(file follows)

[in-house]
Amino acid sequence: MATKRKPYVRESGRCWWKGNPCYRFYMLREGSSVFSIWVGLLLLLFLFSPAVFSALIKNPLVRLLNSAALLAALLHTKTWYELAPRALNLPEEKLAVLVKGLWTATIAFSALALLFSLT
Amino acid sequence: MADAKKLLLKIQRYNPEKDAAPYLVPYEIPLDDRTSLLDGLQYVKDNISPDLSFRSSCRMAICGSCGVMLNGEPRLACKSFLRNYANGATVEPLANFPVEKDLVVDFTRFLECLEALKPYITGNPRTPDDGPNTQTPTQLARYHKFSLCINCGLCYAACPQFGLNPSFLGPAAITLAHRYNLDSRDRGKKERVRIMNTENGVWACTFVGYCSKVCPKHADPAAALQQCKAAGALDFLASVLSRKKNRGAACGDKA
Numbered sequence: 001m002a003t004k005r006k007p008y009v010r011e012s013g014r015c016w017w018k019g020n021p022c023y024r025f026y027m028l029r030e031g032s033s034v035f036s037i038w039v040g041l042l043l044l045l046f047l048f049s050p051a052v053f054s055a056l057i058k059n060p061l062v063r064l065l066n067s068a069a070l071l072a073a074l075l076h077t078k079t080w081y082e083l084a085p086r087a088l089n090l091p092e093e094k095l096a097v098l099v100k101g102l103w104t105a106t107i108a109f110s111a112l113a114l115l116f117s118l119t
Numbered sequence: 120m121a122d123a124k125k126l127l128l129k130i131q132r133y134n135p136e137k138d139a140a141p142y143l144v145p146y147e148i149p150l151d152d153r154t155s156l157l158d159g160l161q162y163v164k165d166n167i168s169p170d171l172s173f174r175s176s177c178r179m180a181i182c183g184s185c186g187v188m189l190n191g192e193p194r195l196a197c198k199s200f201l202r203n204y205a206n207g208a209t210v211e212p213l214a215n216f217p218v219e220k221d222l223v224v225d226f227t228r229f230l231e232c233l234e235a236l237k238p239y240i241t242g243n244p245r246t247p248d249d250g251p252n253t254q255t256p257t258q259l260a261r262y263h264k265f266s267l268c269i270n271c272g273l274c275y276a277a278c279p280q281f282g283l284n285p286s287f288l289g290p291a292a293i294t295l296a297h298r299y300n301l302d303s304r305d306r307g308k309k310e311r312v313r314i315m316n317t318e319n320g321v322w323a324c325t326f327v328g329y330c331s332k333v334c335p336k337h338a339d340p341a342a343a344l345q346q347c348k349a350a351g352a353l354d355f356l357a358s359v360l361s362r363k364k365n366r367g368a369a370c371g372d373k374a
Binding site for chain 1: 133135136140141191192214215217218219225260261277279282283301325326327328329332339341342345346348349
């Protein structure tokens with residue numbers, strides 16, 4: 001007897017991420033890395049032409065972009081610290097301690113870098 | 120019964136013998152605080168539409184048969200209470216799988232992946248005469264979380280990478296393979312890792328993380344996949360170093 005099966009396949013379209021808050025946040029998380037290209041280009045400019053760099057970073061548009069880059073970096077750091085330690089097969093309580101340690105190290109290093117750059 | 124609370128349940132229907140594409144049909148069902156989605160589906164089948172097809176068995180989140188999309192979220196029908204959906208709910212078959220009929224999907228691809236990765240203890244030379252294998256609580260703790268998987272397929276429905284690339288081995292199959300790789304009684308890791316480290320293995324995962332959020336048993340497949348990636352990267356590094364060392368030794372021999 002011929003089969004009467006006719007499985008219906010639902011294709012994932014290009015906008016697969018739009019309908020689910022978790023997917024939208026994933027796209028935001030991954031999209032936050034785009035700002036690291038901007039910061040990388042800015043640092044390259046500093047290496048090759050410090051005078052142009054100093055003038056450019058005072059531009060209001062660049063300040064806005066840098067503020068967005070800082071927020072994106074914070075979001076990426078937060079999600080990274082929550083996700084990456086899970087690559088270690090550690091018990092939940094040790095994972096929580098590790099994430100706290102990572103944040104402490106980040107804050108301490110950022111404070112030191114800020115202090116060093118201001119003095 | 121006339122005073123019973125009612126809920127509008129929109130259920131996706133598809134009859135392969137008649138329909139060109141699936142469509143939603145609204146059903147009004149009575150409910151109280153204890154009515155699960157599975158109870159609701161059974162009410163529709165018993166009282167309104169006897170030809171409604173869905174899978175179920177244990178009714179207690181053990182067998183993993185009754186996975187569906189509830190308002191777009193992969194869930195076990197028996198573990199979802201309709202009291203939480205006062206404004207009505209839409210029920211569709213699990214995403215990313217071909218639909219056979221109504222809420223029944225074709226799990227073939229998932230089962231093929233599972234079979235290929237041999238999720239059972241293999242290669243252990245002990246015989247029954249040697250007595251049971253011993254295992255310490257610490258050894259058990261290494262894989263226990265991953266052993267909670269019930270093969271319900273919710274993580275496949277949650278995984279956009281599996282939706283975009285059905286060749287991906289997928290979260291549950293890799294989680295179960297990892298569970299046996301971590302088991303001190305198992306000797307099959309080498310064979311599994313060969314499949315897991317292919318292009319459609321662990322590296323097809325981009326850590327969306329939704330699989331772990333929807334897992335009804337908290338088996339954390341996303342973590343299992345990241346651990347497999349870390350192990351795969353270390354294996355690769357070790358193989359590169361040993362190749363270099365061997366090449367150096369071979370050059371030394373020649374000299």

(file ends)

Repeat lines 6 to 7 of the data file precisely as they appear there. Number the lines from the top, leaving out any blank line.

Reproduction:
Binding site for chain 1: 133135136140141191192214215217218219225260261277279282283301325326327328329332339341342345346348349
């Protein structure tokens with residue numbers, strides 16, 4: 001007897017991420033890395049032409065972009081610290097301690113870098 | 120019964136013998152605080168539409184048969200209470216799988232992946248005469264979380280990478296393979312890792328993380344996949360170093 005099966009396949013379209021808050025946040029998380037290209041280009045400019053760099057970073061548009069880059073970096077750091085330690089097969093309580101340690105190290109290093117750059 | 124609370128349940132229907140594409144049909148069902156989605160589906164089948172097809176068995180989140188999309192979220196029908204959906208709910212078959220009929224999907228691809236990765240203890244030379252294998256609580260703790268998987272397929276429905284690339288081995292199959300790789304009684308890791316480290320293995324995962332959020336048993340497949348990636352990267356590094364060392368030794372021999 002011929003089969004009467006006719007499985008219906010639902011294709012994932014290009015906008016697969018739009019309908020689910022978790023997917024939208026994933027796209028935001030991954031999209032936050034785009035700002036690291038901007039910061040990388042800015043640092044390259046500093047290496048090759050410090051005078052142009054100093055003038056450019058005072059531009060209001062660049063300040064806005066840098067503020068967005070800082071927020072994106074914070075979001076990426078937060079999600080990274082929550083996700084990456086899970087690559088270690090550690091018990092939940094040790095994972096929580098590790099994430100706290102990572103944040104402490106980040107804050108301490110950022111404070112030191114800020115202090116060093118201001119003095 | 121006339122005073123019973125009612126809920127509008129929109130259920131996706133598809134009859135392969137008649138329909139060109141699936142469509143939603145609204146059903147009004149009575150409910151109280153204890154009515155699960157599975158109870159609701161059974162009410163529709165018993166009282167309104169006897170030809171409604173869905174899978175179920177244990178009714179207690181053990182067998183993993185009754186996975187569906189509830190308002191777009193992969194869930195076990197028996198573990199979802201309709202009291203939480205006062206404004207009505209839409210029920211569709213699990214995403215990313217071909218639909219056979221109504222809420223029944225074709226799990227073939229998932230089962231093929233599972234079979235290929237041999238999720239059972241293999242290669243252990245002990246015989247029954249040697250007595251049971253011993254295992255310490257610490258050894259058990261290494262894989263226990265991953266052993267909670269019930270093969271319900273919710274993580275496949277949650278995984279956009281599996282939706283975009285059905286060749287991906289997928290979260291549950293890799294989680295179960297990892298569970299046996301971590302088991303001190305198992306000797307099959309080498310064979311599994313060969314499949315897991317292919318292009319459609321662990322590296323097809325981009326850590327969306329939704330699989331772990333929807334897992335009804337908290338088996339954390341996303342973590343299992345990241346651990347497999349870390350192990351795969353270390354294996355690769357070790358193989359590169361040993362190749363270099365061997366090449367150096369071979370050059371030394373020649374000299």